I'll just skip the part where she bluntly refused any sort of food I tried to offer as breakfast. The next of our morning delights was trying to hoist up a struggling she-devil weighing nearly 20 kg into her car seat. Please shoot whoever invented those blasted things right now. Why do car seats have to be so goddamn complicated? Little Miss Sunshine's one (her nickname was never meant to be ironical, by the way) is so ridiculously bulky and high that I have to press her poor little head against the ceiling of the car in order to get her little bum in. (Quite a feat in itself as I'm still recovering from an injured shoulder and elbow I broke some time ago.) I am already the only person I know who is able to adjust and fasten the seat belt of the contraption at the best of times, so closing the buckle on my miniature bucking bronco in the morning is a herculean task.

Then, crying tears of frustration, I'm left to face the morning traffic. Oh joy. About three hundred cars driving in both directions in a maze of narrow little streets with space for only one line of traffic around the school, maneuvered by crazed people who are so late and flustered they think it's OK to drive on the footpath or veer onto your lane because somebody's car is actually parked in their way. These people make angry gestures at you if you have the cheek to cross their path, and try to barge their way past you at any cost. Let's just say this is not where I make new friends. I was never that fond of bumper cars anyway.

(I'm begging Mr Grumble to let me cycle to school, but he's too scared our little girl would get run over. Seeing how most people drive around here — often without a licence as that trivial sort of paperwork was totally optional in Ireland until recently —, I must admit he has a point.)

The rest was easy: parking the car somewhere on somebody's flowerbed, dragging the tearful wench up the hill and into her school, and lastly peeling her off my leg to push her into class (which took about half an hour as the little mite is as strong as an ox and fiercely determined), while simultaneously trying to stop her from sticking out her tongue at the admittedly stern teacher. Then trudging back to my car with a heavy heart, wondering if moving here and enrolling her into that school was the biggest mistake ever.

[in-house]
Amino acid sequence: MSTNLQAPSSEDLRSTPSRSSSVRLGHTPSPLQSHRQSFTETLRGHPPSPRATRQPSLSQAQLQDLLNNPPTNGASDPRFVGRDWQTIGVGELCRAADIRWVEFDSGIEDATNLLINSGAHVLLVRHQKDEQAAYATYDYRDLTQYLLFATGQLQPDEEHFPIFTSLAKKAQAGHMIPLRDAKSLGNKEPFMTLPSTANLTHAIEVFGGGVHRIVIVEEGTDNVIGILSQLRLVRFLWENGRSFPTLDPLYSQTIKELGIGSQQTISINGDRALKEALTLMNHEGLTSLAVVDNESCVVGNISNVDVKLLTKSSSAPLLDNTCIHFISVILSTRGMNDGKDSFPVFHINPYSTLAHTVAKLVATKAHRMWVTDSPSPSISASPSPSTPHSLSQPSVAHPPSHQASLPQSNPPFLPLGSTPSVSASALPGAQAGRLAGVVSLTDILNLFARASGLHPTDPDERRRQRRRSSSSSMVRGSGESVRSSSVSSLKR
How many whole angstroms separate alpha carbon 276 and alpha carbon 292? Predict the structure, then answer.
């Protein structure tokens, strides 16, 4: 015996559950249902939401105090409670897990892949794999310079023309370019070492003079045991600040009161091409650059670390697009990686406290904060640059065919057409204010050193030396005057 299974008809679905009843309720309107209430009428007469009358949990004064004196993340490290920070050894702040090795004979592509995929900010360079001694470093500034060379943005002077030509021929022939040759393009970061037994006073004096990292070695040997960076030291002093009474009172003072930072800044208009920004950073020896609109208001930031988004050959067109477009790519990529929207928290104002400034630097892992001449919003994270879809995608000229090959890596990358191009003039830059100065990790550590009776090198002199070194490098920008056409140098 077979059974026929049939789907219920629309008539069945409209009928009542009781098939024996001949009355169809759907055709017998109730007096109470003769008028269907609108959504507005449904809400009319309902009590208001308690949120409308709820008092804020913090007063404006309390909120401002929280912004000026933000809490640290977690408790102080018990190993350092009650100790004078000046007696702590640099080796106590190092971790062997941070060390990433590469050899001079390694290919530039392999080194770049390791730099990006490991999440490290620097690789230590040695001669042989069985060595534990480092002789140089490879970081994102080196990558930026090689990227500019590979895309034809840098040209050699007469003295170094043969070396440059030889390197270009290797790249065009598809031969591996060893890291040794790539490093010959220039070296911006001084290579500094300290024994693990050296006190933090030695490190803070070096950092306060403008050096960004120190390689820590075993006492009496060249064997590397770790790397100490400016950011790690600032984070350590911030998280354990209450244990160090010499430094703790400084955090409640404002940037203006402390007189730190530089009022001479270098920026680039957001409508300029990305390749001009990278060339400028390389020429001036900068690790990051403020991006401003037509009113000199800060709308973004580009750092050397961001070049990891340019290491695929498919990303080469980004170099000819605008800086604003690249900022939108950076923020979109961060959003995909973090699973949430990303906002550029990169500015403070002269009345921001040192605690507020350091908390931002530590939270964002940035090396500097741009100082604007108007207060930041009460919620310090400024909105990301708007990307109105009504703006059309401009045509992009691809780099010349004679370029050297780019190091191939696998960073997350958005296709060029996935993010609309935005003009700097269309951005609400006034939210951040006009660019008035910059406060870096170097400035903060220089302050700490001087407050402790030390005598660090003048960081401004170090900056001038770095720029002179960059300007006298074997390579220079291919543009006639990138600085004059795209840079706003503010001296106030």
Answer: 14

Then there were the other parents. It was rather comical in the beginning when we were all looking at each other shyly at finishing time while waiting for our offspring to be released. It felt like we were back at school ourselves and wondering who would be our friends. But mostly it felt very weird to be one of them — an adult. I have no problem with the notion that I am somebody's mother, but somehow I was still seeing myself as this sort of kooky teenager who is not quite sure what she wants to do when she grows up. Waiting outside school with the rest of the old folks has made me realize I have gone over to the dark side — adulthood. Gah. (Or have I?)

Salvation came from the dark side though, because it really soothed me to find out they'd been just as miserable as we had for the first few months. Playdates helped too. Little Miss Sunshine soon announced that she had a best friend. (Never mind the fact that said best friend seems to be a different person every day.) Five months on, life is easier. No tears in the morning. But Little Miss Sunshine still stubbornly keeps her mouth shut all day in school — won't say a single word to her teachers, and would often rather miaow to her friends than use any sort of human language. She makes up for all that silence once she gets home, so there is no need to worry about her speech abilities. I just wish my little rebel would enjoy school a bit more, poor sod. I mean hey, you can see the sea from the schoolyard!

So we're now looking forward to the Easter holidays. We're going to Paris but I'm close to dreading it — I'm going home to a bunch of family problems and a string of assorted doctors who may or may not help with my mangled arm. Ah well. The more horrible the experience, the better the tale should be afterwards...

Saturday, 24 March 2012

My house hates me

Gorgeous, scorching day today — it must have been about 17°C, which is great for Ireland. (Mr Grumble's comment: it's probably the best day we will have all year.) Little Miss Sunshine started playing in her sun tent outside, while Mr Grumble took care of his garden and I tried to sunbathe. We even had lunch outside. It looked like nothing could dampen the mood — not even Mr G's comments or the neighbour starting to mow the lawn right the instant we sat down for lunch.

Later on Mr Grumble came back from the garden with a pale face. "Have you seen a dog around here? There is a dog turd in my vegetable patch." He was so shocked he didn't even start a rant.

Now, Mr G and I hate dogs. We are not moved in the slightest when a dog stares at us with wet, servile eyes, or rubs its groin adoringly against our leg, or pees on our bike, or barks at us, or leaves a turd on the beach where our little one like to gambol. We usually share bitter words rather than melting glances with their owners. Mr G was even bitten by a dog once, and trust me, he is one to bear a grudge. In short, we are not big fans of dogs in the first place, so this was like THE UNTHINKABLE had happened.